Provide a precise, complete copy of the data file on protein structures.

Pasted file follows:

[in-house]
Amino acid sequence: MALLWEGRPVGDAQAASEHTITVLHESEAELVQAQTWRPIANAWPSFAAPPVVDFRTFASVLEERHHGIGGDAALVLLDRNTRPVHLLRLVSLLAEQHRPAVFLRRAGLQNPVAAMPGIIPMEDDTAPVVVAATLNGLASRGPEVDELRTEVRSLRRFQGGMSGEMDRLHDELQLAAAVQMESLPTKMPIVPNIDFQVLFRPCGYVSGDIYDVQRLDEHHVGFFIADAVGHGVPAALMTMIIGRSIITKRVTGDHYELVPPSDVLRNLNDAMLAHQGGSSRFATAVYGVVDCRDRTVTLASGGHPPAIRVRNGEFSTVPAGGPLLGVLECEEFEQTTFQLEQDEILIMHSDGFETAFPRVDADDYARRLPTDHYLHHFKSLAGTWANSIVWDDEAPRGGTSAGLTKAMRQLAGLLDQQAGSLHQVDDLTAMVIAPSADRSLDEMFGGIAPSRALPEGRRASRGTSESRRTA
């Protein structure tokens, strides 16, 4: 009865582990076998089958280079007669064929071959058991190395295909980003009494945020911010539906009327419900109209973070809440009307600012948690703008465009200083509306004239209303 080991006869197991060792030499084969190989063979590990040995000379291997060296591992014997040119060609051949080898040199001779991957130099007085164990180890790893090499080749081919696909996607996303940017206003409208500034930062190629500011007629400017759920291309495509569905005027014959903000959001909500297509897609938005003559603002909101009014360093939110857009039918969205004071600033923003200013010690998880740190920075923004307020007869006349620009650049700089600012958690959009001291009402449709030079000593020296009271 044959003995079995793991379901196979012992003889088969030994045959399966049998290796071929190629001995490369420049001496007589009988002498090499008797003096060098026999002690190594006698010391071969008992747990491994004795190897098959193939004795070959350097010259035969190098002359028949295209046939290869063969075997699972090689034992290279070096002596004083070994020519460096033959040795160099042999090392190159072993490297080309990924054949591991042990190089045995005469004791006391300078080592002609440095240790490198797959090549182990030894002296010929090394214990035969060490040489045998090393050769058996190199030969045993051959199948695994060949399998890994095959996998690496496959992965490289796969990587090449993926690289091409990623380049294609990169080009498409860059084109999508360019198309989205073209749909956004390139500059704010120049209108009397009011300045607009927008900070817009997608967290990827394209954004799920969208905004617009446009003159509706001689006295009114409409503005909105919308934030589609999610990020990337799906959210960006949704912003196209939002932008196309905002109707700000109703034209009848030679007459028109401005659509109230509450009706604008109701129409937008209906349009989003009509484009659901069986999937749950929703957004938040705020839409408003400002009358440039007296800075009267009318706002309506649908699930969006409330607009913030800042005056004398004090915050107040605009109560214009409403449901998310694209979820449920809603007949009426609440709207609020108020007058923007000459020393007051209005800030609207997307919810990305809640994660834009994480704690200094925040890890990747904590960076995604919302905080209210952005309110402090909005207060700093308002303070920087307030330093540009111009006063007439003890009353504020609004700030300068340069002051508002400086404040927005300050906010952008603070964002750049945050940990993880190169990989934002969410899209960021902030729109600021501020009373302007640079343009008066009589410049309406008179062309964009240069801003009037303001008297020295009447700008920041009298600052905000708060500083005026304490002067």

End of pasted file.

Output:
[in-house]
Amino acid sequence: MALLWEGRPVGDAQAASEHTITVLHESEAELVQAQTWRPIANAWPSFAAPPVVDFRTFASVLEERHHGIGGDAALVLLDRNTRPVHLLRLVSLLAEQHRPAVFLRRAGLQNPVAAMPGIIPMEDDTAPVVVAATLNGLASRGPEVDELRTEVRSLRRFQGGMSGEMDRLHDELQLAAAVQMESLPTKMPIVPNIDFQVLFRPCGYVSGDIYDVQRLDEHHVGFFIADAVGHGVPAALMTMIIGRSIITKRVTGDHYELVPPSDVLRNLNDAMLAHQGGSSRFATAVYGVVDCRDRTVTLASGGHPPAIRVRNGEFSTVPAGGPLLGVLECEEFEQTTFQLEQDEILIMHSDGFETAFPRVDADDYARRLPTDHYLHHFKSLAGTWANSIVWDDEAPRGGTSAGLTKAMRQLAGLLDQQAGSLHQVDDLTAMVIAPSADRSLDEMFGGIAPSRALPEGRRASRGTSESRRTA
């Protein structure tokens, strides 16, 4: 009865582990076998089958280079007669064929071959058991190395295909980003009494945020911010539906009327419900109209973070809440009307600012948690703008465009200083509306004239209303 080991006869197991060792030499084969190989063979590990040995000379291997060296591992014997040119060609051949080898040199001779991957130099007085164990180890790893090499080749081919696909996607996303940017206003409208500034930062190629500011007629400017759920291309495509569905005027014959903000959001909500297509897609938005003559603002909101009014360093939110857009039918969205004071600033923003200013010690998880740190920075923004307020007869006349620009650049700089600012958690959009001291009402449709030079000593020296009271 044959003995079995793991379901196979012992003889088969030994045959399966049998290796071929190629001995490369420049001496007589009988002498090499008797003096060098026999002690190594006698010391071969008992747990491994004795190897098959193939004795070959350097010259035969190098002359028949295209046939290869063969075997699972090689034992290279070096002596004083070994020519460096033959040795160099042999090392190159072993490297080309990924054949591991042990190089045995005469004791006391300078080592002609440095240790490198797959090549182990030894002296010929090394214990035969060490040489045998090393050769058996190199030969045993051959199948695994060949399998890994095959996998690496496959992965490289796969990587090449993926690289091409990623380049294609990169080009498409860059084109999508360019198309989205073209749909956004390139500059704010120049209108009397009011300045607009927008900070817009997608967290990827394209954004799920969208905004617009446009003159509706001689006295009114409409503005909105919308934030589609999610990020990337799906959210960006949704912003196209939002932008196309905002109707700000109703034209009848030679007459028109401005659509109230509450009706604008109701129409937008209906349009989003009509484009659901069986999937749950929703957004938040705020839409408003400002009358440039007296800075009267009318706002309506649908699930969006409330607009913030800042005056004398004090915050107040605009109560214009409403449901998310694209979820449920809603007949009426609440709207609020108020007058923007000459020393007051209005800030609207997307919810990305809640994660834009994480704690200094925040890890990747904590960076995604919302905080209210952005309110402090909005207060700093308002303070920087307030330093540009111009006063007439003890009353504020609004700030300068340069002051508002400086404040927005300050906010952008603070964002750049945050940990993880190169990989934002969410899209960021902030729109600021501020009373302007640079343009008066009589410049309406008179062309964009240069801003009037303001008297020295009447700008920041009298600052905000708060500083005026304490002067």